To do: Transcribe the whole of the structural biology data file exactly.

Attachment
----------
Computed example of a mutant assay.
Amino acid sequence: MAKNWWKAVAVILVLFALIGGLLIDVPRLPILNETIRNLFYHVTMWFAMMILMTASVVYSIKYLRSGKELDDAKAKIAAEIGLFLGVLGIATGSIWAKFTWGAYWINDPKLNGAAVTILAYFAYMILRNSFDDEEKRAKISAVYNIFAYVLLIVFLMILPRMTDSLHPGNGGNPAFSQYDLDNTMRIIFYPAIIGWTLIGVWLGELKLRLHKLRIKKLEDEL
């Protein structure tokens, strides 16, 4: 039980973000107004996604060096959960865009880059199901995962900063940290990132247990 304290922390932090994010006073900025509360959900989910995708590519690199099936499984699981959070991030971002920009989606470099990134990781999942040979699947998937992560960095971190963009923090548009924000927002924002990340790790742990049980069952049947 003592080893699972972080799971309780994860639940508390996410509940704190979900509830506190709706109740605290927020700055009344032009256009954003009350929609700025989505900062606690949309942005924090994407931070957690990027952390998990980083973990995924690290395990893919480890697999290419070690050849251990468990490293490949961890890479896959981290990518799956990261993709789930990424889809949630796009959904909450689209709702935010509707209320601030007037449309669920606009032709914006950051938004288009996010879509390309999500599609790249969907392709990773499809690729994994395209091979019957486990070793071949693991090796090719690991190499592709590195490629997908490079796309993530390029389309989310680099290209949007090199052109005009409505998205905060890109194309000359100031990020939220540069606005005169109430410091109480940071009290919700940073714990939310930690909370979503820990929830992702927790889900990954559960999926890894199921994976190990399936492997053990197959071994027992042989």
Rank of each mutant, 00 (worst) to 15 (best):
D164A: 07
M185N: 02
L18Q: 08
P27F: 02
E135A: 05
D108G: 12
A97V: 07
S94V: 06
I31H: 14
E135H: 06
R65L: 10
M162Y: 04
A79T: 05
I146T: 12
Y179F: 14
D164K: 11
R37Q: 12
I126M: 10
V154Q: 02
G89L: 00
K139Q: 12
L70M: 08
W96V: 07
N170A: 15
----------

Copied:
Computed example of a mutant assay.
Amino acid sequence: MAKNWWKAVAVILVLFALIGGLLIDVPRLPILNETIRNLFYHVTMWFAMMILMTASVVYSIKYLRSGKELDDAKAKIAAEIGLFLGVLGIATGSIWAKFTWGAYWINDPKLNGAAVTILAYFAYMILRNSFDDEEKRAKISAVYNIFAYVLLIVFLMILPRMTDSLHPGNGGNPAFSQYDLDNTMRIIFYPAIIGWTLIGVWLGELKLRLHKLRIKKLEDEL
């Protein structure tokens, strides 16, 4: 039980973000107004996604060096959960865009880059199901995962900063940290990132247990 304290922390932090994010006073900025509360959900989910995708590519690199099936499984699981959070991030971002920009989606470099990134990781999942040979699947998937992560960095971190963009923090548009924000927002924002990340790790742990049980069952049947 003592080893699972972080799971309780994860639940508390996410509940704190979900509830506190709706109740605290927020700055009344032009256009954003009350929609700025989505900062606690949309942005924090994407931070957690990027952390998990980083973990995924690290395990893919480890697999290419070690050849251990468990490293490949961890890479896959981290990518799956990261993709789930990424889809949630796009959904909450689209709702935010509707209320601030007037449309669920606009032709914006950051938004288009996010879509390309999500599609790249969907392709990773499809690729994994395209091979019957486990070793071949693991090796090719690991190499592709590195490629997908490079796309993530390029389309989310680099290209949007090199052109005009409505998205905060890109194309000359100031990020939220540069606005005169109430410091109480940071009290919700940073714990939310930690909370979503820990929830992702927790889900990954559960999926890894199921994976190990399936492997053990197959071994027992042989």
Rank of each mutant, 00 (worst) to 15 (best):
D164A: 07
M185N: 02
L18Q: 08
P27F: 02
E135A: 05
D108G: 12
A97V: 07
S94V: 06
I31H: 14
E135H: 06
R65L: 10
M162Y: 04
A79T: 05
I146T: 12
Y179F: 14
D164K: 11
R37Q: 12
I126M: 10
V154Q: 02
G89L: 00
K139Q: 12
L70M: 08
W96V: 07
N170A: 15